Lewis & Clark taught me the importance of giving myself the opportunity and time to explore new things. I left college a more realized person.
Degree and Class Year
Job Title, Organization
What three words would you use to describe L&C?
What made you want to come to Lewis & Clark?
Coming from a high school with 4,000 students, I wanted a more personal experience from college. After visiting Lewis & Clark, it felt like the right place for me. The school had an accepting atmosphere, which made it easy to envision myself going there.
What have you been doing since graduation?
Since graduation, I have gotten involved with my local arts community through internships and jobs. I’m at a place in life where I am trying to determine what career I want to pursue in the long run, so I’ve been taking time to learn about as many opportunities in my field as possible.
How did Lewis & Clark prepare you for your job?
Both my courses and extracurriculars at L&C gave me experience that has helped me succeed in my current job. The art history department helped me develop a foundation of knowledge that I apply everyday at the museum, as well as strong writing and speaking skills. My job as an editor for the Mossy Log (L&C’s student-run newspaper) also gave me a keen eye for details and an ability to adapt to new situations.
What would you say is the most important thing you learned at Lewis & Clark?
I learned the importance of giving myself the opportunity and time to explore new things. When I arrived at L&C, I was very unsure about who I was and what I wanted to accomplish. However, as I put myself into different situations (through clubs, classes, communities, etc.), I began to discover new things about myself. Overall, I left college as a more realized person.
Why did you major in art history?
Going off of my answer to the previous question, I actually went to L&C with the intention of majoring in psychology. While the classes were interesting, I didn’t feel like my heart was in it. On a whim, I decided to take Associate Professor Ben David’s Intro to Art History course. Not to be dramatic, but after a few weeks in the class, I found myself becoming obsessed with studying art. I switched my major at the end of the semester and the rest is kind of history.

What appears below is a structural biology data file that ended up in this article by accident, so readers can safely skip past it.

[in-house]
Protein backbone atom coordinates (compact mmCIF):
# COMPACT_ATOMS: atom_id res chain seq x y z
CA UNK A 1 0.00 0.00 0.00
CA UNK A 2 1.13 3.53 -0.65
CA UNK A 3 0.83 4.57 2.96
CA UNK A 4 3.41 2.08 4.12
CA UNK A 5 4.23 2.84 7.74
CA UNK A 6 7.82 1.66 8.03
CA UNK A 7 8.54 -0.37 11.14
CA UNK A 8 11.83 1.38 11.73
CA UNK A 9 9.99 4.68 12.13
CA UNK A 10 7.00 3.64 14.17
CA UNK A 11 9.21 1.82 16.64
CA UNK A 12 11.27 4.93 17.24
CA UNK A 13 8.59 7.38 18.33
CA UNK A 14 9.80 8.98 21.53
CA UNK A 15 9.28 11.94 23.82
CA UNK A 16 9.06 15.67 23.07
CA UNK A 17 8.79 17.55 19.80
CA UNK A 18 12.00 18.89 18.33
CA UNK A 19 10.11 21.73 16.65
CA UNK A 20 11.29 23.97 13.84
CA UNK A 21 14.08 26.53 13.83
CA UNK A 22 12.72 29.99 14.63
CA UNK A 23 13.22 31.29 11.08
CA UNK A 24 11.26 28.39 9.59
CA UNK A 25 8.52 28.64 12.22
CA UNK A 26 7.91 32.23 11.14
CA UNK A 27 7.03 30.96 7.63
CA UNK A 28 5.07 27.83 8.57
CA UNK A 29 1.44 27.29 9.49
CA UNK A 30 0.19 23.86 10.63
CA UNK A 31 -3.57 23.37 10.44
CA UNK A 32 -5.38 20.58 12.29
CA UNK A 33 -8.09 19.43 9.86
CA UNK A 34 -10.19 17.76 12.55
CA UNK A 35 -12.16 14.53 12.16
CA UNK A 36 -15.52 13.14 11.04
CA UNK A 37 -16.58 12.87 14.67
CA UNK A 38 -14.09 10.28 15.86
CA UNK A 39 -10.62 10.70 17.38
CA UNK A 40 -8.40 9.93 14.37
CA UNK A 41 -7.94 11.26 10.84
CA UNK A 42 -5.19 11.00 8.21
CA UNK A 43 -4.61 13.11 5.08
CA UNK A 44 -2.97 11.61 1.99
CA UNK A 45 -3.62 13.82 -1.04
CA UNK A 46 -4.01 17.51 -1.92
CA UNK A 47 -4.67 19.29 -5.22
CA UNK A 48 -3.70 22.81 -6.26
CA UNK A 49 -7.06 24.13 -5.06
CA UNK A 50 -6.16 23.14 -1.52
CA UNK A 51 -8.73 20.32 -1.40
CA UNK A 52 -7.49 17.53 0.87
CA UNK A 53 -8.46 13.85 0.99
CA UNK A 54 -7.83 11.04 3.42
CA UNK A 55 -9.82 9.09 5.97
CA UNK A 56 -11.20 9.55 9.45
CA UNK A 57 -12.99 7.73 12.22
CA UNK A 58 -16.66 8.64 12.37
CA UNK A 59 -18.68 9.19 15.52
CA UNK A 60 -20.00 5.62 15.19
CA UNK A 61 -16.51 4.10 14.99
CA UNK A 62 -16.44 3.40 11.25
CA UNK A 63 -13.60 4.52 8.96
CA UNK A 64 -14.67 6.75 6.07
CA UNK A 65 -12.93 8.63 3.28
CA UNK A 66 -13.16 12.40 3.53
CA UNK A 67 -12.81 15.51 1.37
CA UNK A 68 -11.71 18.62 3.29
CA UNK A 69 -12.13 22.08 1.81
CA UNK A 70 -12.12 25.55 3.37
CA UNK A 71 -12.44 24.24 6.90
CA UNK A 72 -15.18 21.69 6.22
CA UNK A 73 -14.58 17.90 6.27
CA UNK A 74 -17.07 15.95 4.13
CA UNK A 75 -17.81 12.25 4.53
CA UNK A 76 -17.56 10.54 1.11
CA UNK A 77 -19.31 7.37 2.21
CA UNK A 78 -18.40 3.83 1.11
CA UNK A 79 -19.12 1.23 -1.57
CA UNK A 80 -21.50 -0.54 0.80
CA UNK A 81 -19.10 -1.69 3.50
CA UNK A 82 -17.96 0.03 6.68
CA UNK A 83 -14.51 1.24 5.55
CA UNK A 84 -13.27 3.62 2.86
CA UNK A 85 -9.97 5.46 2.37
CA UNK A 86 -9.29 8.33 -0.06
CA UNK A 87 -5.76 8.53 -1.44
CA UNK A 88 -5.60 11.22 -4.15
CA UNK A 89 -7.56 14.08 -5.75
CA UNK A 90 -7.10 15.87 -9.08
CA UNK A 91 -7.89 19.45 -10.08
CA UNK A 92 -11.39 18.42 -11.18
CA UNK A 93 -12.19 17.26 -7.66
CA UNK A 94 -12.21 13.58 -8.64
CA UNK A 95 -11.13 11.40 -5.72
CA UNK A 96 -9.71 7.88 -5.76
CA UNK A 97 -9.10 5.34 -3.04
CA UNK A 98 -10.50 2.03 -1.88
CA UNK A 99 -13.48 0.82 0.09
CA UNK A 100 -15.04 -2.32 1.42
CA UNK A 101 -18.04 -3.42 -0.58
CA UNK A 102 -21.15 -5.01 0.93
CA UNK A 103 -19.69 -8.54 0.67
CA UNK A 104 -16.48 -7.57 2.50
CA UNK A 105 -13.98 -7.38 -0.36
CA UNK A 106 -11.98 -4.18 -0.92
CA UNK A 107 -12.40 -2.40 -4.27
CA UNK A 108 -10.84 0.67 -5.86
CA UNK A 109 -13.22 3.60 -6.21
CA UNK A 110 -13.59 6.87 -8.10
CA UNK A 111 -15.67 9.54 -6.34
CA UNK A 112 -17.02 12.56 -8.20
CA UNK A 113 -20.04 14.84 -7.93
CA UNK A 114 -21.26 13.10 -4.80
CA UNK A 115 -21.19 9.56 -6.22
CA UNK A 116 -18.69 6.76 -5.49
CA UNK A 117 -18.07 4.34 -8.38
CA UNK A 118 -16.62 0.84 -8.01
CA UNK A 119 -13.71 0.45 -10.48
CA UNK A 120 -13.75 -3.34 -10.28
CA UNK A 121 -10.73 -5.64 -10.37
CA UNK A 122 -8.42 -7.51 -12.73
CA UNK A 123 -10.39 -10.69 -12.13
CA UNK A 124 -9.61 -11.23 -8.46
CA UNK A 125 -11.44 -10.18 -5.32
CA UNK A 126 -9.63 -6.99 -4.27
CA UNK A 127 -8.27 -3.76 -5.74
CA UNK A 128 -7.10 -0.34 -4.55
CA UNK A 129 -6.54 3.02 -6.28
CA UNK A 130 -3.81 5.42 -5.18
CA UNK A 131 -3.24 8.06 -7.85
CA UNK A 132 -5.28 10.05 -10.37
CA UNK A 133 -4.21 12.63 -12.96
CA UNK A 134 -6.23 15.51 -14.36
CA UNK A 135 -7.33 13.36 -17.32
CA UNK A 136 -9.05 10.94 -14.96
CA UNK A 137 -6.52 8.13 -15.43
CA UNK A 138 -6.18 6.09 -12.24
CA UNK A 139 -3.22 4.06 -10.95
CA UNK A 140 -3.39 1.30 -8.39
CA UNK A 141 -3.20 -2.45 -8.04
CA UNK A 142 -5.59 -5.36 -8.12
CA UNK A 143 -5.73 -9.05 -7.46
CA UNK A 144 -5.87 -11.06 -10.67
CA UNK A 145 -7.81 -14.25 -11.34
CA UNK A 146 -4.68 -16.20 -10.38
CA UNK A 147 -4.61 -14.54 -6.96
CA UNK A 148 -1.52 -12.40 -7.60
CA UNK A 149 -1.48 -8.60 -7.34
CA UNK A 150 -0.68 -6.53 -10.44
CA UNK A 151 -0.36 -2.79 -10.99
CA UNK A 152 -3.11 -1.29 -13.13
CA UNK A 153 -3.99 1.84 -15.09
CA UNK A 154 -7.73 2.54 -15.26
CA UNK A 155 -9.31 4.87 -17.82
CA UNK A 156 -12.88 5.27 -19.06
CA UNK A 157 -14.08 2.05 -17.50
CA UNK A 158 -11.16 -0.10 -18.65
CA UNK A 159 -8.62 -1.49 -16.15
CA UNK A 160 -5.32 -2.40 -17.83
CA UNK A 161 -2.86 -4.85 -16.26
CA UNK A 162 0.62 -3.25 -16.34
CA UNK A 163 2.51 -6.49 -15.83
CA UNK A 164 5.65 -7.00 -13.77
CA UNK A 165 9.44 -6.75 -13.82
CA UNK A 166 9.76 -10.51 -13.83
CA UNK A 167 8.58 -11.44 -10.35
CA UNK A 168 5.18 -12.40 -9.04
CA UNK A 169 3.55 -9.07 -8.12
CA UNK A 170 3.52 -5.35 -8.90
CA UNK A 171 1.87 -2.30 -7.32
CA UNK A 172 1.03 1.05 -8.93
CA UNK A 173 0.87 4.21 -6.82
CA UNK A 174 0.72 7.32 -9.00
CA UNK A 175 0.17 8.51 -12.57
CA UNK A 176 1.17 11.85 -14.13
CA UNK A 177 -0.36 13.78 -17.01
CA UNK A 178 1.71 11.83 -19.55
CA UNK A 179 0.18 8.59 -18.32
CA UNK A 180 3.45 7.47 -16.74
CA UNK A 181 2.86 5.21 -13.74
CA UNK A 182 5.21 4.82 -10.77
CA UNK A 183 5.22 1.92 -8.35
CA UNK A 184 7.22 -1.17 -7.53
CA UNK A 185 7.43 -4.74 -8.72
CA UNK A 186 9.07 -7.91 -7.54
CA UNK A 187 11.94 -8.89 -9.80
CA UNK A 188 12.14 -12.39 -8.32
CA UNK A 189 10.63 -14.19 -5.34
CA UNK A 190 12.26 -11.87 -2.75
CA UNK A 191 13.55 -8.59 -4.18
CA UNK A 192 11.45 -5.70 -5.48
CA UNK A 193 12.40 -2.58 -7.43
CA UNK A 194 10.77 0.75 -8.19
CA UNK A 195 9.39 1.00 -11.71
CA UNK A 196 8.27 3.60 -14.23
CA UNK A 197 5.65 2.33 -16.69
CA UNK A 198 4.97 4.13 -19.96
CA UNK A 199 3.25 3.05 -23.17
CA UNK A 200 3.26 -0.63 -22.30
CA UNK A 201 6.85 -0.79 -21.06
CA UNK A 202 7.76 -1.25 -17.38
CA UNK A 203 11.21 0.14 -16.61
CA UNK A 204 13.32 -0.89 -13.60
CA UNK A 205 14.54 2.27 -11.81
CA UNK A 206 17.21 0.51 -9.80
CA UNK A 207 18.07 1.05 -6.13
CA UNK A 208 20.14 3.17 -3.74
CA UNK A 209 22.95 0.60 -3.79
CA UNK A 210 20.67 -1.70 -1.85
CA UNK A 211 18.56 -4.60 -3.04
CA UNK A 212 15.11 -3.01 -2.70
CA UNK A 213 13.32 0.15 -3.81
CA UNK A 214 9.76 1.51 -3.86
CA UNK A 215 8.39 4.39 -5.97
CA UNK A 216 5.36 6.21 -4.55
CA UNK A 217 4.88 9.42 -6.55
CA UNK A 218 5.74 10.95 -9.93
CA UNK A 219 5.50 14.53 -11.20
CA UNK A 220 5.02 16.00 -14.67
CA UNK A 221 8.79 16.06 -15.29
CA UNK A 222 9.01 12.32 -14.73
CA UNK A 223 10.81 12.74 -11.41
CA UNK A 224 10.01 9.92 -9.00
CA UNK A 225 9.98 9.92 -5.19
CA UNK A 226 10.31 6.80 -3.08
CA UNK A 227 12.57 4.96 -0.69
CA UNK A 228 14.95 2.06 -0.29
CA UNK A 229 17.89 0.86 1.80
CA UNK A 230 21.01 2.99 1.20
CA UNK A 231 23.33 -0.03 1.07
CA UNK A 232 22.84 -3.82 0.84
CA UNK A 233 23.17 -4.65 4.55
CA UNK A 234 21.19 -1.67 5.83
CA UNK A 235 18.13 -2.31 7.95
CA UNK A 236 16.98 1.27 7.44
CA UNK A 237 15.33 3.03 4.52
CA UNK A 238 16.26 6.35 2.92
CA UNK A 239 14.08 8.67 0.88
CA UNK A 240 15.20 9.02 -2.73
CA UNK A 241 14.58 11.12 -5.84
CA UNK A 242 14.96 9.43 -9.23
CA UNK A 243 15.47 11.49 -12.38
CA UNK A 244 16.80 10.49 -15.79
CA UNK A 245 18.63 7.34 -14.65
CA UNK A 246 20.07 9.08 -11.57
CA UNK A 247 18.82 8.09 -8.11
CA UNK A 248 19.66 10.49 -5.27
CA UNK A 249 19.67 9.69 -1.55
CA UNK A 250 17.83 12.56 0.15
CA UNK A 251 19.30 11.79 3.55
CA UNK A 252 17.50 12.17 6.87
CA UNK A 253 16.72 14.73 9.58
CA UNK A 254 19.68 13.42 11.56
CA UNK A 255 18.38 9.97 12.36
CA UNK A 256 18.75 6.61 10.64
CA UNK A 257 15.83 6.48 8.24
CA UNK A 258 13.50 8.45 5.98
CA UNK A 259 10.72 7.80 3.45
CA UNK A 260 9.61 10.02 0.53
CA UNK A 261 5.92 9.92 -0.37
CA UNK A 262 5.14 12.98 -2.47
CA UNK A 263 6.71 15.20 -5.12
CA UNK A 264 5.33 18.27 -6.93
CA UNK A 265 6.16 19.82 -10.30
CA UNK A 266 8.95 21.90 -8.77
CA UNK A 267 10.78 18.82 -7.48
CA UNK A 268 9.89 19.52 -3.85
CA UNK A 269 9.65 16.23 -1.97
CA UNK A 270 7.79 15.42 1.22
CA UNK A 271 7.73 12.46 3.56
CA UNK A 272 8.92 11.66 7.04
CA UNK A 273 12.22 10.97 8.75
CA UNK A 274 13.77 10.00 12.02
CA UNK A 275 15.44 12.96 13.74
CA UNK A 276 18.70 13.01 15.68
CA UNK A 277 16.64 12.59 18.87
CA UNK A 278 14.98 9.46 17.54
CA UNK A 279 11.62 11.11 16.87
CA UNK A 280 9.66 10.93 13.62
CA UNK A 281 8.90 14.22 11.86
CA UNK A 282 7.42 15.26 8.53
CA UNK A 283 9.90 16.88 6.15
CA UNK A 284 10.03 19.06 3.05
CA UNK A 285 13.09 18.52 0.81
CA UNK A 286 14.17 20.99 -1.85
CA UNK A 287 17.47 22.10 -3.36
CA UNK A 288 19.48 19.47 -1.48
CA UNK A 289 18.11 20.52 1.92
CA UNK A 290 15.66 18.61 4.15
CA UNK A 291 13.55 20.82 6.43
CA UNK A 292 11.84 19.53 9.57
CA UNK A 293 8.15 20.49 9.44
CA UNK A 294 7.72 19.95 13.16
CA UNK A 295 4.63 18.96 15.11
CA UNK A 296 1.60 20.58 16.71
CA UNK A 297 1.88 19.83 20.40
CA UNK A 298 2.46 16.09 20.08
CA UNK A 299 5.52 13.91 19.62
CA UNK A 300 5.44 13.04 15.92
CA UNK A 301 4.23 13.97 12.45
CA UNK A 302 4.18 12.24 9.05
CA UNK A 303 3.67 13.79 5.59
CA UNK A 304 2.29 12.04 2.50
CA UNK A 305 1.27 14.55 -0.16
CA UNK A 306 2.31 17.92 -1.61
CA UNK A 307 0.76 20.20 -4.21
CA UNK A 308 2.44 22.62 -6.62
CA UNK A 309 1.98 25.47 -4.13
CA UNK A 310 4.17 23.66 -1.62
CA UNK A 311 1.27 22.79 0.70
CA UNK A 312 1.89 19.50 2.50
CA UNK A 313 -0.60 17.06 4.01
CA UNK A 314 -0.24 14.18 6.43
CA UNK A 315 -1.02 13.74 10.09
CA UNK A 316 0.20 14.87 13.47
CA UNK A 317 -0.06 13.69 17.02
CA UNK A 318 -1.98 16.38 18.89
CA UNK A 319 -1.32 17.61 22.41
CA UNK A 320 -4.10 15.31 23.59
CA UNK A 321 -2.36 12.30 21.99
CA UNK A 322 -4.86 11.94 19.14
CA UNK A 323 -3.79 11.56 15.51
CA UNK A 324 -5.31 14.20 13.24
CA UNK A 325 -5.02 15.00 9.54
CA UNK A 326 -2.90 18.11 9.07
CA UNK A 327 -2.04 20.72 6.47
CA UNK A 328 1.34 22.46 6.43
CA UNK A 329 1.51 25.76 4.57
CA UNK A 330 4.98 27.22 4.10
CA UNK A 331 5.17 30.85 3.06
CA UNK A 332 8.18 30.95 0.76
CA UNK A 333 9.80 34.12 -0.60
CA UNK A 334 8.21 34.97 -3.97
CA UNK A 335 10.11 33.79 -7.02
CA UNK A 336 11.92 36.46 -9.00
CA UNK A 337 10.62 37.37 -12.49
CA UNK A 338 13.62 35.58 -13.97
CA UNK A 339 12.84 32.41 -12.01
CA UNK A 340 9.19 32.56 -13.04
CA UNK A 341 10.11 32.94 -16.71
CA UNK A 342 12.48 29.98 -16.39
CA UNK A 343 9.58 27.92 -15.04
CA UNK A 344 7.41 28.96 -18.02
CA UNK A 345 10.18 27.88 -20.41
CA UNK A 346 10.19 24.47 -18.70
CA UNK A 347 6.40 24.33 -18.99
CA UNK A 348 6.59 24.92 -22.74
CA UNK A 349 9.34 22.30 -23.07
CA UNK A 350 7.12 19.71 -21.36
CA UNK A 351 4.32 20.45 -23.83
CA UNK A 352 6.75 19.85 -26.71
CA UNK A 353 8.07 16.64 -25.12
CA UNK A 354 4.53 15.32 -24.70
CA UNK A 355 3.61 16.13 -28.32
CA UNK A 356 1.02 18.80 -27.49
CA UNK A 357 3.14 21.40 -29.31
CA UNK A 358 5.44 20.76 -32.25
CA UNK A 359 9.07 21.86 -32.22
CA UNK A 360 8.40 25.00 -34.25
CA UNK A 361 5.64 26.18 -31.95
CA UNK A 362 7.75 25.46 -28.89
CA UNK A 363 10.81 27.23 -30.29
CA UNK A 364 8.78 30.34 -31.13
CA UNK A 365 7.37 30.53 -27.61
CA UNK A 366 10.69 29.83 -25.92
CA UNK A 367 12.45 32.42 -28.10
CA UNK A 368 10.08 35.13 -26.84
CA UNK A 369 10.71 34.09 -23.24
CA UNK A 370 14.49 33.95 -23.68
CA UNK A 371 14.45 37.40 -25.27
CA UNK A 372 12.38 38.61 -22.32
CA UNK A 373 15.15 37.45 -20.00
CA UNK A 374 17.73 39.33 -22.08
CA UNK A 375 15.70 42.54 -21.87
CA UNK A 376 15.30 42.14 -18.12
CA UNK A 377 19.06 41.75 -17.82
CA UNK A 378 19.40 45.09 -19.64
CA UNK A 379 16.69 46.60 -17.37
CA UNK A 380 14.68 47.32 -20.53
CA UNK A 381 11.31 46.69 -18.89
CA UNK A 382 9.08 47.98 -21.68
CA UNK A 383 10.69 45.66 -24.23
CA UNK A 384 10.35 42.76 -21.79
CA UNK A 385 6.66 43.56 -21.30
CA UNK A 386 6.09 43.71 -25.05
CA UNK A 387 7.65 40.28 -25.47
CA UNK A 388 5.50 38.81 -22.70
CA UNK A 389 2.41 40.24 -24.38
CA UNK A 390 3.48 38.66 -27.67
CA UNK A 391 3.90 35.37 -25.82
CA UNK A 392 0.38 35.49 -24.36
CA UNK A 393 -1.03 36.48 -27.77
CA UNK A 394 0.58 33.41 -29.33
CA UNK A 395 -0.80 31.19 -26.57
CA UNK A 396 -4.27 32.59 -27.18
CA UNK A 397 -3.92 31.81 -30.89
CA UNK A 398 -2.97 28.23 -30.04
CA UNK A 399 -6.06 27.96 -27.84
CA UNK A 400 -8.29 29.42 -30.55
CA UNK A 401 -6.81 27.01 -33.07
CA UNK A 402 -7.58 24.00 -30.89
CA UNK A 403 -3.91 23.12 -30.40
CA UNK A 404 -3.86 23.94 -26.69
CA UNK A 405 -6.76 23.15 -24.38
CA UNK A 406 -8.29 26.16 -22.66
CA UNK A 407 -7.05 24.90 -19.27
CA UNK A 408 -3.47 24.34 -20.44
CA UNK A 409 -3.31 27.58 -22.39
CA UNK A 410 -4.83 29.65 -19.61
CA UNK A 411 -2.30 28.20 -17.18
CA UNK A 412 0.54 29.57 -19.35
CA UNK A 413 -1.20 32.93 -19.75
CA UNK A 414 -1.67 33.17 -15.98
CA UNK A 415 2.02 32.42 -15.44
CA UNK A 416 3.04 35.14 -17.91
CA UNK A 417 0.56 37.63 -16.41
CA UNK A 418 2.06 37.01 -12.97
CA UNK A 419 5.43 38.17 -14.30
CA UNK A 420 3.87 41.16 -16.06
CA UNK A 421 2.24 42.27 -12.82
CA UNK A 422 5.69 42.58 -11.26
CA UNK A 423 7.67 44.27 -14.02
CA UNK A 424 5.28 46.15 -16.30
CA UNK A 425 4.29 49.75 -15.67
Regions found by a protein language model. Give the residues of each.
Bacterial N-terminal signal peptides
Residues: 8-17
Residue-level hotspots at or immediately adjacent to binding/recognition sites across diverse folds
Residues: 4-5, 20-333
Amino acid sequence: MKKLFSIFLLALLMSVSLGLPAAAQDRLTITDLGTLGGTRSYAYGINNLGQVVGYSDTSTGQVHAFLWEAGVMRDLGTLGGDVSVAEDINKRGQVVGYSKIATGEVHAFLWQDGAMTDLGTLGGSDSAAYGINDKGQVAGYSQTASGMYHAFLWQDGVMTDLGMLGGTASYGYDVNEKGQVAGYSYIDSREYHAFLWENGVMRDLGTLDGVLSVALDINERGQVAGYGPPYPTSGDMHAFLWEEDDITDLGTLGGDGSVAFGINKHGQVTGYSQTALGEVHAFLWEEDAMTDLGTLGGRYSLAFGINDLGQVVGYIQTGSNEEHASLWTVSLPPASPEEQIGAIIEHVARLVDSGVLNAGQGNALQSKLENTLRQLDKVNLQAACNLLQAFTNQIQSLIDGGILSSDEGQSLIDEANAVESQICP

How do you stay connected to Lewis & Clark as an alum?
Unfortunately, I graduated at the height of COVID-19, so I haven’t been able to stay as connected as I would like. However, I plan on visiting the Portland area soon and reconnecting with my professors. I also have some very close friends from L&C that I stay in contact with.
What was your favorite class? How did it expand your knowledge?
One of my favorite aspects of receiving a liberal arts education was being encouraged to take courses outside of my academic focus. My favorite class was Intro to Electronic Music with Jeffery Leonard. This class welcomes people of all levels of experience. I personally had no formal music training, but I was still able to make songs that I am proud of.
Where did you find your community on campus?
I found my community through the student newspaper. If you are a new student at L&C, I highly recommend signing up for extracurriculars! I found some of my closest friends that way.
Who was your mentor on campus? Why do you consider this person your mentor?
All three of my art history professors were my mentors: Matthew Johnston, Ben David, and Dawn Odell. The three of them have an infectious passion about their work. As a student, it just rubs off on you. They also exhibited a sincere concern for my development as a student, art history professional, and person. I would not be who I am today without them. One thing you will often hear at L&C is that the professors are amazing and I absolutely agree. My experience would not have been the same without them.